Subversive Woman: Angelina Nikonova’s Twilight Portrait

Angelina Nikonova’s Twilight Portrait (2011)

Russian Society, as depicted in Angelina Nikonova’s Twilight Portrait, is evil and corrupt. A group of three cops go on duty to rape women; a social worker denies that one of the children she is caring for was abused by her father; at the police station, an officer runs over three girls – an accident instantly concealed by the entire staff; the financial success of the characters depends on how well they get along with those – preferably in their family – who already have money; and so on. Only the beautiful Marina (Olga Dihovichnaya) doesn’t want to fit in. In fact, she is, without exception, the victim of all the wrongdoings just mentioned. She gets raped by the police officers, her social help is not recognized by her superiors, and she is married to a husband trying to benefit from the wealth of her father.

What happens next is quite a surprise. Instead of reporting the abuse of her rape (and having to deal with denying police officers?), Marina starts to return to the place of her rape until she recognizes one of the officers in a restaurant not far from the crime scene. She begins to follow the officer and stalks him, picks up a beer bottle and obviously thinks about revenge. But instead of breaking the glass on his head, she gets on her knees to perform oral sex on him. Before we even know it, she moves into his apartment. Yet their relationship remains unclear. Marina is not “altruistically surrendering” to the aggressor, as Anna Freud famously put it. She is also not turning into an aggressive avenger, identifying with the methods of those that harmed her. And yet, the feeling that there actually is some kind of revenge going on persists until the end of the film.

Most obviously, Marina tortures Andrey (Sergei Borisov), the police officer, by repeating that she loves him. This use of verbal irony obviously clashes with how Andrey wants to see himself, namely, as a sort of self-sufficient renegade enjoying the luxury of living with a call-girl without having to call or pay her. The ingress of love, of having to deal with a real person instead of a sex object, threatens the cold-hearted officer. Maybe then, Marina is the modern version of a femme fatal, in that she ruins the callous hero by confronting him with the failure of his own fantasy (of being the hero he thinks he is). Instead of complying with him and turning into a thing, Marina over-interprets his love, thus refusing to play the game. The trap here is that Andrey will always want to construct the whore-woman he wants to control, but his fantasy will be destroyed by a second fantasy – that of the woman –, who mistakes the porn king for a cordial lover. Nothing, of course, is more frustrating than becoming aware of one’s own illusions. In the end, Andrey steps into Marina’s trap. When she leaves him, he follows her, disarmed and frantic, in the search for a fantasy that will never come to life.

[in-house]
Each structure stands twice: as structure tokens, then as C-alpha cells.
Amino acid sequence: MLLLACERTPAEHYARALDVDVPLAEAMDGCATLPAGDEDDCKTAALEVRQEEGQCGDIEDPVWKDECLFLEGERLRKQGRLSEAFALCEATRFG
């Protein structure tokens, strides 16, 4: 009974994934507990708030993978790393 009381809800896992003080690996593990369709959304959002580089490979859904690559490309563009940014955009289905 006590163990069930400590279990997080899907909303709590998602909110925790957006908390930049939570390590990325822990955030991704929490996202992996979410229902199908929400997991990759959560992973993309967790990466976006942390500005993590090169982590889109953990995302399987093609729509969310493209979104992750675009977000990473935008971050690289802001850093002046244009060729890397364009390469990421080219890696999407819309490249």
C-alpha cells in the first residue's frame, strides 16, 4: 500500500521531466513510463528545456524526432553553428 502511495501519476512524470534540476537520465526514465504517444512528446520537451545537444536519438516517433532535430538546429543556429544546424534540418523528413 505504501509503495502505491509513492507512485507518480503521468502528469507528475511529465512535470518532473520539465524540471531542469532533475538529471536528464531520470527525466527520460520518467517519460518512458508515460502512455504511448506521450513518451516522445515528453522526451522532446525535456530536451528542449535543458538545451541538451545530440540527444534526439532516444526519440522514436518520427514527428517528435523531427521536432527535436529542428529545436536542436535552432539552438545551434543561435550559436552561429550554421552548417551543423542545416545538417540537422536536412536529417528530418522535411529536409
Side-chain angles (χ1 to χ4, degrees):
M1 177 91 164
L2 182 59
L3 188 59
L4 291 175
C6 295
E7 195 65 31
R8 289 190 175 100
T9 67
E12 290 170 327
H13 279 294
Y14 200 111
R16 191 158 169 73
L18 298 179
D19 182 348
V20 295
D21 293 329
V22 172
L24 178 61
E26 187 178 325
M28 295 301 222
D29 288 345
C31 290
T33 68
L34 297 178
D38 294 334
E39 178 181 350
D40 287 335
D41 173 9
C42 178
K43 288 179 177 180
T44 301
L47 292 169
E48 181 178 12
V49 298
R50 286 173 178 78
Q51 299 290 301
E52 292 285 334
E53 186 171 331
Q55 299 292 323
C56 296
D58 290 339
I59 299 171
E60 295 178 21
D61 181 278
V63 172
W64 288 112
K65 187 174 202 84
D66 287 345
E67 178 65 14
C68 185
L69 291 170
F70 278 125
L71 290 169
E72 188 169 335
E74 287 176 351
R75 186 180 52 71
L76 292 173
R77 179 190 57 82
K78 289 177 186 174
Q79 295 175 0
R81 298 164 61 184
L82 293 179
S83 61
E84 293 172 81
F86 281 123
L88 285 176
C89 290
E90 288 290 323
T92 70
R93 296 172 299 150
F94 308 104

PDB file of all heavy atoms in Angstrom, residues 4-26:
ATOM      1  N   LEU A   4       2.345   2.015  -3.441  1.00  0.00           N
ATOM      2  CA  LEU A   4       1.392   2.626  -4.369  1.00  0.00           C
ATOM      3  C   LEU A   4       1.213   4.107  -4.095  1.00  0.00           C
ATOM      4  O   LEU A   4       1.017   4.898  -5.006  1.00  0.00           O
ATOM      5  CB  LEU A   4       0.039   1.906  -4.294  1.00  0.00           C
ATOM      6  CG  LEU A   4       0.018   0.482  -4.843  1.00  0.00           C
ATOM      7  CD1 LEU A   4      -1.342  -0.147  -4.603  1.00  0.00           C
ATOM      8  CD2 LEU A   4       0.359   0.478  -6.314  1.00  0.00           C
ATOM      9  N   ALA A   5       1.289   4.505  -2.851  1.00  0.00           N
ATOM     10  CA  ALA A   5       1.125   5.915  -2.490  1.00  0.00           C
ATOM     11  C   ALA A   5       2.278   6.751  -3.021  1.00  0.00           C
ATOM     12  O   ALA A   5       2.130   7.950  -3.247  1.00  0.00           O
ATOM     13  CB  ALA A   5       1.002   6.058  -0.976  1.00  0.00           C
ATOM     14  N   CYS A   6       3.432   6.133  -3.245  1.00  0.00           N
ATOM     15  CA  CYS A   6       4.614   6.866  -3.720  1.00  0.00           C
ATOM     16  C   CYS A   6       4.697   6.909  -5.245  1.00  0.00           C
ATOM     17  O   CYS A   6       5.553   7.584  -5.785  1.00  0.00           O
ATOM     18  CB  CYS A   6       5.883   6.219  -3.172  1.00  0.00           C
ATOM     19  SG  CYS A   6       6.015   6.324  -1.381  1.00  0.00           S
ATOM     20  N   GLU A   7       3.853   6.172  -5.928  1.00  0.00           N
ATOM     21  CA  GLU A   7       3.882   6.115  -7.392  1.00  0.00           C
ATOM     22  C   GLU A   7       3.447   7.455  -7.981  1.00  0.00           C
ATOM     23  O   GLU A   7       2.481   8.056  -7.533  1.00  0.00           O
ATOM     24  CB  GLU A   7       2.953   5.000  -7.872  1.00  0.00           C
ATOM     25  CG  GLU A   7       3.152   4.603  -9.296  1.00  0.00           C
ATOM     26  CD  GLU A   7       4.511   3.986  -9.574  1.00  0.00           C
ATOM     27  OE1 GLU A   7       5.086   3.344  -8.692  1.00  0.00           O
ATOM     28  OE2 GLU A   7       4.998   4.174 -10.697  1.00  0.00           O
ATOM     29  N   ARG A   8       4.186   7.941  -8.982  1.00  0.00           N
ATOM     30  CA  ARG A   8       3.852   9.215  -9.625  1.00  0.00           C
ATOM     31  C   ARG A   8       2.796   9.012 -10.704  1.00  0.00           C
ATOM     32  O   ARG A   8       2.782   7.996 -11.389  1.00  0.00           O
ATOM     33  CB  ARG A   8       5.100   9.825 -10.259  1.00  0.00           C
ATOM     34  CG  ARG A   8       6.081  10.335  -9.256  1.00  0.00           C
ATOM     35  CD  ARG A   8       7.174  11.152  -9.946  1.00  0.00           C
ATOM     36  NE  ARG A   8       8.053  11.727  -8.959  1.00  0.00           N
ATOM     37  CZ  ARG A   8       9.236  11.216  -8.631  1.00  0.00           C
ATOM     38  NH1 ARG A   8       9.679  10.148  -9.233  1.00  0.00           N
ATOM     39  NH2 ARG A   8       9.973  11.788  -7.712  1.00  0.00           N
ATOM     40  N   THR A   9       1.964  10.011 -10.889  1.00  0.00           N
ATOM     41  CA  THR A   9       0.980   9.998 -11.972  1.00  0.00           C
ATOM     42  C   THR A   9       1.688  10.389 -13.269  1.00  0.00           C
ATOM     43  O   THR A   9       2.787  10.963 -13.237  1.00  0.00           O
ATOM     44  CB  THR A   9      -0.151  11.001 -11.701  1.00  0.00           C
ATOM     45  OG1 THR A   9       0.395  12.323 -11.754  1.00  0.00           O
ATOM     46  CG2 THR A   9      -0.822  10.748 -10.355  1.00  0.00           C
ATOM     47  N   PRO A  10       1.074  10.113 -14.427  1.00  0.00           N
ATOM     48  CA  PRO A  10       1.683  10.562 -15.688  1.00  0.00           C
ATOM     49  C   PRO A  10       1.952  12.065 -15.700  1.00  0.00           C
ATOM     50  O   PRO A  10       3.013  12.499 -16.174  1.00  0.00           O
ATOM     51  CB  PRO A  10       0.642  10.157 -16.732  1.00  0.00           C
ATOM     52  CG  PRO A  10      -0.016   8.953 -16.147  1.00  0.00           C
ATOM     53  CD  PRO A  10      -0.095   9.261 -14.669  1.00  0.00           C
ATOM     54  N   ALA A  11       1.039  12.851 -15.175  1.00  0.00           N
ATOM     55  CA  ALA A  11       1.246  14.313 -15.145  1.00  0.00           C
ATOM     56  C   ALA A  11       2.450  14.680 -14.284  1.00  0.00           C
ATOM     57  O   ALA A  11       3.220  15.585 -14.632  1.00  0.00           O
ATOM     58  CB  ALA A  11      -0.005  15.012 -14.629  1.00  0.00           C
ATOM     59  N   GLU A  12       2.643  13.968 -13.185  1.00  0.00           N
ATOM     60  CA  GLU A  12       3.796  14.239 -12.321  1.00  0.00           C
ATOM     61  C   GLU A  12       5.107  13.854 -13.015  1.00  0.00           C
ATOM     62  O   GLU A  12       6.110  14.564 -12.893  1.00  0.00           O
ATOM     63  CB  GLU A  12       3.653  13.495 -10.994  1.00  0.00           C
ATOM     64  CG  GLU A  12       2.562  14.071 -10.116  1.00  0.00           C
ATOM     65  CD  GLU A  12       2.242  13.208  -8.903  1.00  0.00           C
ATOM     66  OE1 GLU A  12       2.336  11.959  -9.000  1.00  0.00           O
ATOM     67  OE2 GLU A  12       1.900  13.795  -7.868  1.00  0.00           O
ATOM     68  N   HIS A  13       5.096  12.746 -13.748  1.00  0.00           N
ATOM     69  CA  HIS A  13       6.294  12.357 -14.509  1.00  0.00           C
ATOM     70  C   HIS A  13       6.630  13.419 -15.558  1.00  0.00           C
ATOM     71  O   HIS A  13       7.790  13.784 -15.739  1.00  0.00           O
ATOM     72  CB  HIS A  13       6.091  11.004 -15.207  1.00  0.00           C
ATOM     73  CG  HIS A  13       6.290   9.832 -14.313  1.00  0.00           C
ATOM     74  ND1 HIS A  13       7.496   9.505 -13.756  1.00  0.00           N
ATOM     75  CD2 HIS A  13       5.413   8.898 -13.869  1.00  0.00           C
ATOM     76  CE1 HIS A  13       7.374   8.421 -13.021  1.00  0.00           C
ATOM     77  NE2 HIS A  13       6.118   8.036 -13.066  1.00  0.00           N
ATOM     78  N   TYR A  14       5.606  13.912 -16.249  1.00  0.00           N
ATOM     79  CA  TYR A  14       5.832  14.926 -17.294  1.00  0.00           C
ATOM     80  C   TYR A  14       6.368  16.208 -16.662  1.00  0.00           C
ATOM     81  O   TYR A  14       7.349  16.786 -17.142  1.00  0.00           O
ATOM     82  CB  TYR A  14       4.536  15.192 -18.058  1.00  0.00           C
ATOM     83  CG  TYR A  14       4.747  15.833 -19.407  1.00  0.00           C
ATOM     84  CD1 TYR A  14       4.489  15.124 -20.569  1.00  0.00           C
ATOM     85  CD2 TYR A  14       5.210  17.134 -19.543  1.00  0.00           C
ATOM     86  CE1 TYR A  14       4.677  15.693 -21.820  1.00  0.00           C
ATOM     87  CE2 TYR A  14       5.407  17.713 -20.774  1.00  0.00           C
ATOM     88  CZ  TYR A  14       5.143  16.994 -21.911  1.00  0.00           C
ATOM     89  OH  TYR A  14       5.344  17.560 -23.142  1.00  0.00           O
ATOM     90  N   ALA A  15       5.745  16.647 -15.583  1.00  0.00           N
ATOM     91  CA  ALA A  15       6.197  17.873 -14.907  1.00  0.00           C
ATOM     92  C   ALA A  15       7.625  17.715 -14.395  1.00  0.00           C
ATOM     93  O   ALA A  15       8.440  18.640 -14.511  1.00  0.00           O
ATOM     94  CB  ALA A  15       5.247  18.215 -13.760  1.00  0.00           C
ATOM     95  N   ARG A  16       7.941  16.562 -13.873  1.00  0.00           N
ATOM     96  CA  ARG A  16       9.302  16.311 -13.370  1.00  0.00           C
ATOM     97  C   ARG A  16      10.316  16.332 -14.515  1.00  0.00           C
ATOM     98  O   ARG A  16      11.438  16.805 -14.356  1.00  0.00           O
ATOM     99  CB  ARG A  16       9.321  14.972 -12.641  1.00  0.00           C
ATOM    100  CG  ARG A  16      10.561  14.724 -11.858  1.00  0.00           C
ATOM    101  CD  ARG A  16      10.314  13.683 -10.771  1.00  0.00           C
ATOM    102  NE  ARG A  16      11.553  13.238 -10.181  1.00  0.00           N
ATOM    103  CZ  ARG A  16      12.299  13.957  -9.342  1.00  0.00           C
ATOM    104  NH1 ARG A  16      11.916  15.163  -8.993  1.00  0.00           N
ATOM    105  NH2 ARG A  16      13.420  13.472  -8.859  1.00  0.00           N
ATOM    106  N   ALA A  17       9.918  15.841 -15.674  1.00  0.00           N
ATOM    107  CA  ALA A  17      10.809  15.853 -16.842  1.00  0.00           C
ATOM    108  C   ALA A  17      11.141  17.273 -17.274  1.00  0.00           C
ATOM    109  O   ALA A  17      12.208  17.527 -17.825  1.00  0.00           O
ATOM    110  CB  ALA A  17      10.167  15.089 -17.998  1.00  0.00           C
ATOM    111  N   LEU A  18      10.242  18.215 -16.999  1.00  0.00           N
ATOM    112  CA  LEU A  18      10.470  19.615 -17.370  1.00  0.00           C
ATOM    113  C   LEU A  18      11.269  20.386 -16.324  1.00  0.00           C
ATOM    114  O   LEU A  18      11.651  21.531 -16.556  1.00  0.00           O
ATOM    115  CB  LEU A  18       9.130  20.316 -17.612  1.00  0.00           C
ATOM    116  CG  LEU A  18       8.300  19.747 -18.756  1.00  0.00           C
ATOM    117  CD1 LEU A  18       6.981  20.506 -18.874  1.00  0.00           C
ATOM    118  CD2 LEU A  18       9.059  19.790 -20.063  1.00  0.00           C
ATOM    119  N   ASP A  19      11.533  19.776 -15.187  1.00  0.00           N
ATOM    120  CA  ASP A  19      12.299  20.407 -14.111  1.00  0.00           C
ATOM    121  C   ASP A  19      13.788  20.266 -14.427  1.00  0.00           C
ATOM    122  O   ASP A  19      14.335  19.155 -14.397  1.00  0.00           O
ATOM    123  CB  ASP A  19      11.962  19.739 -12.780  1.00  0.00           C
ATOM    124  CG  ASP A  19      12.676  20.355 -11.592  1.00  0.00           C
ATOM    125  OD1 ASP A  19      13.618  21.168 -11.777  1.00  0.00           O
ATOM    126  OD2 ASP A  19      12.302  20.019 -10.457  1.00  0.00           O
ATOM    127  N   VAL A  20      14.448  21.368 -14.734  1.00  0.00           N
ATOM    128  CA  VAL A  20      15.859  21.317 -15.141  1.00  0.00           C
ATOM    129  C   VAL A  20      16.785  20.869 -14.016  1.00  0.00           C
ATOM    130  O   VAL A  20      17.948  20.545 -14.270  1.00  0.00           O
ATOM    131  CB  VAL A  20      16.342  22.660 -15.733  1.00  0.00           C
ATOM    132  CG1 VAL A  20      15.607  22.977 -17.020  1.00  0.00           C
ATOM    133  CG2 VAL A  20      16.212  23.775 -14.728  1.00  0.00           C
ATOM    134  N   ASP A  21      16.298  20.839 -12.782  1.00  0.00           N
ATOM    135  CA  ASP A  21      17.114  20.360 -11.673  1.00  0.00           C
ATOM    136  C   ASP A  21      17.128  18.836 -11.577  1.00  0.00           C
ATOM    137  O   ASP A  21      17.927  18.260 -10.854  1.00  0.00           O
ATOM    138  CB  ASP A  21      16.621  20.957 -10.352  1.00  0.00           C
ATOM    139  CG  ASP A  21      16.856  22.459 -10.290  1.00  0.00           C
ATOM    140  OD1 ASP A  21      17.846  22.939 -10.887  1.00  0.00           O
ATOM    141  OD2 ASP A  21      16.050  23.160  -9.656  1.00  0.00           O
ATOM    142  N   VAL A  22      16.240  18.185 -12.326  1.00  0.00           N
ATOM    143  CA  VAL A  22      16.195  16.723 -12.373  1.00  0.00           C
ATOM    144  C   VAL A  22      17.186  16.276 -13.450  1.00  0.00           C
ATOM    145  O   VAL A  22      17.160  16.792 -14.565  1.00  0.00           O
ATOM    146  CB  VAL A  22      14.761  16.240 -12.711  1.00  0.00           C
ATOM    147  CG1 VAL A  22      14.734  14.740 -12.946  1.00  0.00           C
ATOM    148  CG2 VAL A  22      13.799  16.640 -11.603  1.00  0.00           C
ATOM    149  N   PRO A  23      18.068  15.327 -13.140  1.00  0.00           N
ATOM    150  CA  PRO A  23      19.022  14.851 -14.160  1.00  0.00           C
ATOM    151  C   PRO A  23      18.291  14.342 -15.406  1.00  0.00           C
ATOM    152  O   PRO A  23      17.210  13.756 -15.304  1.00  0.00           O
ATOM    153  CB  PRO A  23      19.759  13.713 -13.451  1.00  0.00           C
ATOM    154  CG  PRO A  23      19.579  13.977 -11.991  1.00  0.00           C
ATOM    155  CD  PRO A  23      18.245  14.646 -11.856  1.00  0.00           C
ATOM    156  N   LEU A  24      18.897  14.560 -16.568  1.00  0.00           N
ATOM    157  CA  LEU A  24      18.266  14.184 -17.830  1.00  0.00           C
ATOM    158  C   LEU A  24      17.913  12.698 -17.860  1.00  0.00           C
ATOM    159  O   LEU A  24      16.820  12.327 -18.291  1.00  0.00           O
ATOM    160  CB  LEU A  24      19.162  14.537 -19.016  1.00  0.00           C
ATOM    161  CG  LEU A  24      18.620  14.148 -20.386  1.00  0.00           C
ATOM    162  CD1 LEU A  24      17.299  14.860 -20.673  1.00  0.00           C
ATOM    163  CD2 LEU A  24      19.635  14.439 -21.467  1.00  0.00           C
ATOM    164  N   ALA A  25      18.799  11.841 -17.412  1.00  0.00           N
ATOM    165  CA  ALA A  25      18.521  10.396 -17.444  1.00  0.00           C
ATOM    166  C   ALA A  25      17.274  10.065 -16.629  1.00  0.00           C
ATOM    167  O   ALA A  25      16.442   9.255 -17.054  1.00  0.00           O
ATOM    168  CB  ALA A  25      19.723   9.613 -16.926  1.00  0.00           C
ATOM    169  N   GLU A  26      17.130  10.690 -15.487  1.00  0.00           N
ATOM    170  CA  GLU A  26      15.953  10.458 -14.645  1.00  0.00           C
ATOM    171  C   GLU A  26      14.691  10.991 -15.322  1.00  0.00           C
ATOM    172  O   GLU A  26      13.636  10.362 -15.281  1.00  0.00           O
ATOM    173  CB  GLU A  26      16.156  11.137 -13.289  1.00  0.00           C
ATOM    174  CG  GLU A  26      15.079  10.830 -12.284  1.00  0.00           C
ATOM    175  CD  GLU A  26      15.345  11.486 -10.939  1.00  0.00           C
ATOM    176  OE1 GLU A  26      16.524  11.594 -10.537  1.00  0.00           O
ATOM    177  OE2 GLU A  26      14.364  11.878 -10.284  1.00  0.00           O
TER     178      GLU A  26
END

In a way, Marina’s choice seems to be the only plausible thing to do. If she would have killed the officer, she would have complied with the same methods that turned her into a victim. A reasonable justice system being out of the question, resignation would have left her with huge disappointment and damaged her self-esteem. So really, what seems like a pathological character study, or the provocative attempt of a director wanting to turn the preconceptions of the audience upside down, is really a proof for the most rational behavior. So while this film will probably be considered as ambiguous by many, it is not ambiguous at all, which indeed lets it appear too conceptual at times. The film has the feeling of being more of a proposition than a work of art.

Recently, Russian films about corruption and insanity enjoy mild success. In 2010 Loznitsa’s My Joy portrayed a truck-driver who had to deal with similar miseries than Nikonova’s protagnist. The truck-driver’s path to confront injustice and hurt, however, was first that of “altruistic surrendering” and then of “identification”, as he detached himself from any feelings of joy or pain, and then killed the corrupt officers in this film in a motion of discharged anger. And while the truck-driver’s behavior can be understood by everyone, the super-human power-subversion might work theoretically, yet other, more emotionally affected people might still ask one question: at what cost?

Author Moritz Pfeifer.

First published in The East European Film Bulletin.

 

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